Turkey’s heading for another election, arguably one of its most important so far, as made clear by the unusually vitriolic statements by leading government members (and opposition candidates too, I gather, if the Turkish media reported on them to the same extent), seemingly stumbling over each other to say anything that would make them noticed.
Much ink gets spilled over the main issue at hand this time around: whether the AKP will get the super-majorities required to either unilaterally write a new constitution, or to push one through a referendum. A particular trait of the current constitutional debate is President Erdoğan’s desire for a stronger presidency in Turkey (and one specifically without the checks and balances of, for example, the US). The focus on this issue is quite understandable, as it could change the formal rules of government in the country quite substantially.
A concern, however, is that a too singular focus on Erdoğan and his desire for a presidency draws attention away from what the problem of the current institutional setting really is. And that isn’t parliamentarism as a system of government, as Erdoğan would like his constituency to believe, but the poverty of Turkey’s democracy overall. And while Erdoğan and his AKP government may very well have improved the living standards of its constituency, they have so far failed abysmally in extending the same courtesy to the country’s democratic system.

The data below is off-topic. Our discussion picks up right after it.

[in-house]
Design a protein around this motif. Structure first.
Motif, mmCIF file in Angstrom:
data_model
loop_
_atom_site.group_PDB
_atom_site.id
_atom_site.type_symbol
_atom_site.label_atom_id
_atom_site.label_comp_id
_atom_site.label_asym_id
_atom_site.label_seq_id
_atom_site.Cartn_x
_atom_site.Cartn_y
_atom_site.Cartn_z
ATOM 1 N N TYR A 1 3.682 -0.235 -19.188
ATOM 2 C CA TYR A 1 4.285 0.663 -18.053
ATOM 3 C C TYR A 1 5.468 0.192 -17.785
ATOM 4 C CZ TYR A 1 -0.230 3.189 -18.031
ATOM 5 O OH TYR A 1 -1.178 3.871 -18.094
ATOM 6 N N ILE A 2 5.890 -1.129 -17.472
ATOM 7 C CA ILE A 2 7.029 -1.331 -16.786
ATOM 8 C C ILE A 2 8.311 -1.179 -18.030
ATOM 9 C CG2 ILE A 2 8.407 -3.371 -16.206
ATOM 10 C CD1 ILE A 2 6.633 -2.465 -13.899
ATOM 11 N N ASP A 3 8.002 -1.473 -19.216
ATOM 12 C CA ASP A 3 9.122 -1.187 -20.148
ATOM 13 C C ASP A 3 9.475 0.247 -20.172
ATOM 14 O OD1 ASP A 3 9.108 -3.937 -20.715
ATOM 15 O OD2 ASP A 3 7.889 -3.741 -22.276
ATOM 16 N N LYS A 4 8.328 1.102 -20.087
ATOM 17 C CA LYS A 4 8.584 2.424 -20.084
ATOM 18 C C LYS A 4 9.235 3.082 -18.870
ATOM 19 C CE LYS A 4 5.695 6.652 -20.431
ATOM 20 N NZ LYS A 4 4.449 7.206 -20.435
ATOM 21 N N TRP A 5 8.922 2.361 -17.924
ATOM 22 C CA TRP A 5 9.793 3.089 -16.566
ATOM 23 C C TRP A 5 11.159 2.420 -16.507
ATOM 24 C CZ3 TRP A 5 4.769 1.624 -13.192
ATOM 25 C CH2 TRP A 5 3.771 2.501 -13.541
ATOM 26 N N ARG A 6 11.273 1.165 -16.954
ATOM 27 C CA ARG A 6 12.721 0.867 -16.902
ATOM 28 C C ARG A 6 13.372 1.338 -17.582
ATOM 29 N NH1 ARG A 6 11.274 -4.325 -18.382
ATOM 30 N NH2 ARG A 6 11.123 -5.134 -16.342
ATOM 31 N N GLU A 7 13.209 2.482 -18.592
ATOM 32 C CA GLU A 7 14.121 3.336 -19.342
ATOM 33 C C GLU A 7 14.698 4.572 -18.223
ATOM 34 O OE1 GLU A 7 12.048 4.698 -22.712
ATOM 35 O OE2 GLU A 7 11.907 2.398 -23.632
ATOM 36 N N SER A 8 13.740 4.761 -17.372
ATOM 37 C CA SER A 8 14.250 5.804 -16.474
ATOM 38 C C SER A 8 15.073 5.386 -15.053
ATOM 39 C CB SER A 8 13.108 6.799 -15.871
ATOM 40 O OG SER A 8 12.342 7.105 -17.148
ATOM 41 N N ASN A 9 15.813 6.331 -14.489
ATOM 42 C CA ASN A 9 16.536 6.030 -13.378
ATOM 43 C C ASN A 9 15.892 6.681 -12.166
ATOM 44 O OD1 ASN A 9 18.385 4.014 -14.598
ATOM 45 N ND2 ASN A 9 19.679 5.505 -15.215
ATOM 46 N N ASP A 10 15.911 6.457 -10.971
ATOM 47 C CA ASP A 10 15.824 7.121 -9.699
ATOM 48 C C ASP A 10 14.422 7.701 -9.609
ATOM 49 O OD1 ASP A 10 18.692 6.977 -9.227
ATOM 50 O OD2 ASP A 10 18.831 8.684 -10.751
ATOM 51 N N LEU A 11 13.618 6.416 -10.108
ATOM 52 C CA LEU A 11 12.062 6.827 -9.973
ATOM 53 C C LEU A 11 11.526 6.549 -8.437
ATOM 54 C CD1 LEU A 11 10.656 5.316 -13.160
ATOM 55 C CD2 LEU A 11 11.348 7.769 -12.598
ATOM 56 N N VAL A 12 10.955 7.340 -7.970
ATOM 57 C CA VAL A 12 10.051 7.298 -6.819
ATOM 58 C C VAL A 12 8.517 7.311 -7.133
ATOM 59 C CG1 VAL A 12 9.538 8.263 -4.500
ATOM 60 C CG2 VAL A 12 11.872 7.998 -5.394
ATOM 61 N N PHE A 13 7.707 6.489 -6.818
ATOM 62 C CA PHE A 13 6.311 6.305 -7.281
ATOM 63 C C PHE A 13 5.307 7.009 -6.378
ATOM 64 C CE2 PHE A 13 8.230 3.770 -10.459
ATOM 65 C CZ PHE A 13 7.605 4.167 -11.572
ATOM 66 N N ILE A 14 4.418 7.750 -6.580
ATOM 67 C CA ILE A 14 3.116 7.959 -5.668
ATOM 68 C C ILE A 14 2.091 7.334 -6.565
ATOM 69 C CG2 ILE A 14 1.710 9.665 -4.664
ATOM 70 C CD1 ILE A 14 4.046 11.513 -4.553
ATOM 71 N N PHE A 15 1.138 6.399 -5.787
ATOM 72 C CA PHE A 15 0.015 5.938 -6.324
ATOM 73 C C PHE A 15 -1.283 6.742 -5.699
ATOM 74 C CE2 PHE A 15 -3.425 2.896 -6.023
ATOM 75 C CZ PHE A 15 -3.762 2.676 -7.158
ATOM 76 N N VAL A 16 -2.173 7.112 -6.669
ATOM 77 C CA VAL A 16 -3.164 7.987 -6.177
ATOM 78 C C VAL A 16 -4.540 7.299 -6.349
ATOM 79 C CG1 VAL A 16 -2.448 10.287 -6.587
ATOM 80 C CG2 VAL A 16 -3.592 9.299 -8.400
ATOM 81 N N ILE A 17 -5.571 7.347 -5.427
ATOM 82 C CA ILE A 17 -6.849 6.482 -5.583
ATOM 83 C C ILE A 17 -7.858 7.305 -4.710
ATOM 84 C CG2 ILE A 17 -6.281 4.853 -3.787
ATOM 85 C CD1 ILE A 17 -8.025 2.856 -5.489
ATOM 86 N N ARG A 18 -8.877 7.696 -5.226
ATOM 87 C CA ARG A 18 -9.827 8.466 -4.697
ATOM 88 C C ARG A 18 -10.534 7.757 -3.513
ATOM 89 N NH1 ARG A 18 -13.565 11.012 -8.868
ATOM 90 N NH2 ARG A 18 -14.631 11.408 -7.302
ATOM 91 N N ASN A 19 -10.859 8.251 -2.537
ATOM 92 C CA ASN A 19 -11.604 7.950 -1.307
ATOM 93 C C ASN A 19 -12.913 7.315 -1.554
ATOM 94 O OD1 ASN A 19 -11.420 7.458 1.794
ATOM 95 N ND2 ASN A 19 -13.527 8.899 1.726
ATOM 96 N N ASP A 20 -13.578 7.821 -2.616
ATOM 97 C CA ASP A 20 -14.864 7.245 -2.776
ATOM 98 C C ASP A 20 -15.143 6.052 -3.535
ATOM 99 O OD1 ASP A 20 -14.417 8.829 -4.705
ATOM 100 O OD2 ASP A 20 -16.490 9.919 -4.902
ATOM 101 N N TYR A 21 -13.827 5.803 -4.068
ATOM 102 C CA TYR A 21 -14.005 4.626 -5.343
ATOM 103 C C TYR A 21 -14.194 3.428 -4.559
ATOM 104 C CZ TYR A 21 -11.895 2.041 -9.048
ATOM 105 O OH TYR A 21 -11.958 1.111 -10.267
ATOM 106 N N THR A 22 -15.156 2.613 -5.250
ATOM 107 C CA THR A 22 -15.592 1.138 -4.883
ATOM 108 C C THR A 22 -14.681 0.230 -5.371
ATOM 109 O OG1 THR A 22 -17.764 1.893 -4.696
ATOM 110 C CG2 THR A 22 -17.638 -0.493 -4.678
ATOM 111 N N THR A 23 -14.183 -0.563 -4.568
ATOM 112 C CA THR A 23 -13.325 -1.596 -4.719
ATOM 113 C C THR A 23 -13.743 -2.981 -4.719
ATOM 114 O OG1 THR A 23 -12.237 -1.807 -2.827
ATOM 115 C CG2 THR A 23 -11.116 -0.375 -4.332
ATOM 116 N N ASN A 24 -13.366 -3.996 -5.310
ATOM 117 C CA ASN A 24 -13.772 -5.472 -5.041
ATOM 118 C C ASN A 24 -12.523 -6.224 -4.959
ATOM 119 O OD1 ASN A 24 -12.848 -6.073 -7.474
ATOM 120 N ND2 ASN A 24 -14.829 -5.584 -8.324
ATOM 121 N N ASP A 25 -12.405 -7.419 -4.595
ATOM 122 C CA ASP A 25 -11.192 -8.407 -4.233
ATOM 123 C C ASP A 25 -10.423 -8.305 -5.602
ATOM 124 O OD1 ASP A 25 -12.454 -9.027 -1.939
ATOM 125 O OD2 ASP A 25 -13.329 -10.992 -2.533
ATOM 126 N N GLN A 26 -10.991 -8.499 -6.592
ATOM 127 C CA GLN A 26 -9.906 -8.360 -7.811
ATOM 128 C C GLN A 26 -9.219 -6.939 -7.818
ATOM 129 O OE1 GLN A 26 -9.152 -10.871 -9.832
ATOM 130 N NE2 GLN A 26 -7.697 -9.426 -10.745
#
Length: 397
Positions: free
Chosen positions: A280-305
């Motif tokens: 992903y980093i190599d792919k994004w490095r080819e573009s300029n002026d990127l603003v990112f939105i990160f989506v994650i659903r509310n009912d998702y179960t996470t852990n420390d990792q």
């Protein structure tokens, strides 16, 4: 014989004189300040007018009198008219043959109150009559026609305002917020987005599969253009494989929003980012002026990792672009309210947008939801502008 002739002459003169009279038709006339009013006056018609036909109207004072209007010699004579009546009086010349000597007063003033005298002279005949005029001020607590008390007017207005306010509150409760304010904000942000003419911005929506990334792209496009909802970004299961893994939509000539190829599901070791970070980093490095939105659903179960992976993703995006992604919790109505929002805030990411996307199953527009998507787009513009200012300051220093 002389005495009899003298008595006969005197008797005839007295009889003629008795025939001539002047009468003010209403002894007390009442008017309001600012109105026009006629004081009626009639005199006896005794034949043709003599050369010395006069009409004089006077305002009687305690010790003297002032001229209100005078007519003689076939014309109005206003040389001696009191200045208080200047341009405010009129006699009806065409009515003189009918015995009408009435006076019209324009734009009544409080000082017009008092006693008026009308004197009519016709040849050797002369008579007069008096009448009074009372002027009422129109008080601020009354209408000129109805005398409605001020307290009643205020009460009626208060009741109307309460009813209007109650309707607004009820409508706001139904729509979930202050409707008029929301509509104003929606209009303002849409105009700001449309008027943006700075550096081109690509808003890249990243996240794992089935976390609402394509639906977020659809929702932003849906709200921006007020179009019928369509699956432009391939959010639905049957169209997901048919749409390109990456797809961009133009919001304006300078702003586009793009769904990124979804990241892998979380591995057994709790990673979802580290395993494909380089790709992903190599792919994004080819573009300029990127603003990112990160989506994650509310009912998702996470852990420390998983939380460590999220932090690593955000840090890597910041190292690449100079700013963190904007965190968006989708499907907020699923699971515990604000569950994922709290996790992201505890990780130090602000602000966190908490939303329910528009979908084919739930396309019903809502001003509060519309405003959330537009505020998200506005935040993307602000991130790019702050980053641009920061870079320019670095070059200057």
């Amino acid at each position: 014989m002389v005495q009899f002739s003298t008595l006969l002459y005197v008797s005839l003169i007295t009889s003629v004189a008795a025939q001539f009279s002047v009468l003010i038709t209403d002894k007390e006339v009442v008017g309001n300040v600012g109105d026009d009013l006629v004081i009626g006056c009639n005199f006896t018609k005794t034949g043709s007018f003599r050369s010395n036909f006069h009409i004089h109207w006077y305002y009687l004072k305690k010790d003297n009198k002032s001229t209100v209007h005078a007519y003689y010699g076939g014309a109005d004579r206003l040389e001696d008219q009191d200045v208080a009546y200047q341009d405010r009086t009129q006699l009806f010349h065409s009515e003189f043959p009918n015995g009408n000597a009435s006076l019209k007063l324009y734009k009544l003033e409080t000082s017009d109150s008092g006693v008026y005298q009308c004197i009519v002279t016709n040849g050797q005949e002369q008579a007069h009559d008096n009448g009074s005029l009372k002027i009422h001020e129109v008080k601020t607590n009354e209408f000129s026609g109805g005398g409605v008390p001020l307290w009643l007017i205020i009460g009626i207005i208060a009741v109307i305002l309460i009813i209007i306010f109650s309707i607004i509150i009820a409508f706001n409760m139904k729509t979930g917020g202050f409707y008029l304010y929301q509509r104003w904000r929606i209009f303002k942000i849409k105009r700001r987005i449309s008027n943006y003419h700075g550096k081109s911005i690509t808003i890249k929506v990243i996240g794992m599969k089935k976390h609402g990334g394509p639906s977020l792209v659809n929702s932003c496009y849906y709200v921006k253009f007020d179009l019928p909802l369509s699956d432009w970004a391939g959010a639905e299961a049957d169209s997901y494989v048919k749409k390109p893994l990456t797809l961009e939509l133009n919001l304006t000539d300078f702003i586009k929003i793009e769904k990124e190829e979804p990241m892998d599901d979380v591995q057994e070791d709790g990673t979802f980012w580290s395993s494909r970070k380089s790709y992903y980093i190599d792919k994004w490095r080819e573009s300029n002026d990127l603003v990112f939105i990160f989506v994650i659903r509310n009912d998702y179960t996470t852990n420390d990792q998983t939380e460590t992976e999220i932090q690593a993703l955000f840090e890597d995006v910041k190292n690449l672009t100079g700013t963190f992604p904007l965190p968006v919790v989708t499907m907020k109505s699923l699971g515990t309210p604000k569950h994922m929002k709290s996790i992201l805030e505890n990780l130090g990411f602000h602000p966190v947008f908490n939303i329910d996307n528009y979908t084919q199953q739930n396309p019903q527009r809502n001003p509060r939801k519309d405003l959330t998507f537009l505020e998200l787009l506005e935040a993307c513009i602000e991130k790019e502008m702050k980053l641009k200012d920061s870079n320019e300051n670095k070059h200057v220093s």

This post is about one particular segment of Turkey’s institutions: its elections.
Last year, just after the local elections, I wrote a series of blog posts (1, 2, 3) suggesting all was not well with how votes were counted. At that time, although members of the opposition had been complaining about this for a while, this appeared to hit a raw nerve. Within a week of my initial post, my blog had been visiting more than 70,000 times, and the various posts had been cited or linked to in FT, Washington Post, The National Interest, Jadaliyya, Christian Science Monitor, Bloomberg View, Dagens Nyheter, Cumhuriyet (1 2, 3), and Radikal. In the comments section of my blog, pro-government trolls were threatening the election NGO that had shared their data with me, and the “newspaper” Takvim generously nominated me a member of the “banker lobby” together what they perceived to be my main co-belligerents: an Australian media mogule, referred to as “the Jewish Baron”, and a Swedish tycoon, dead since 1938. An unusual week, to say the least.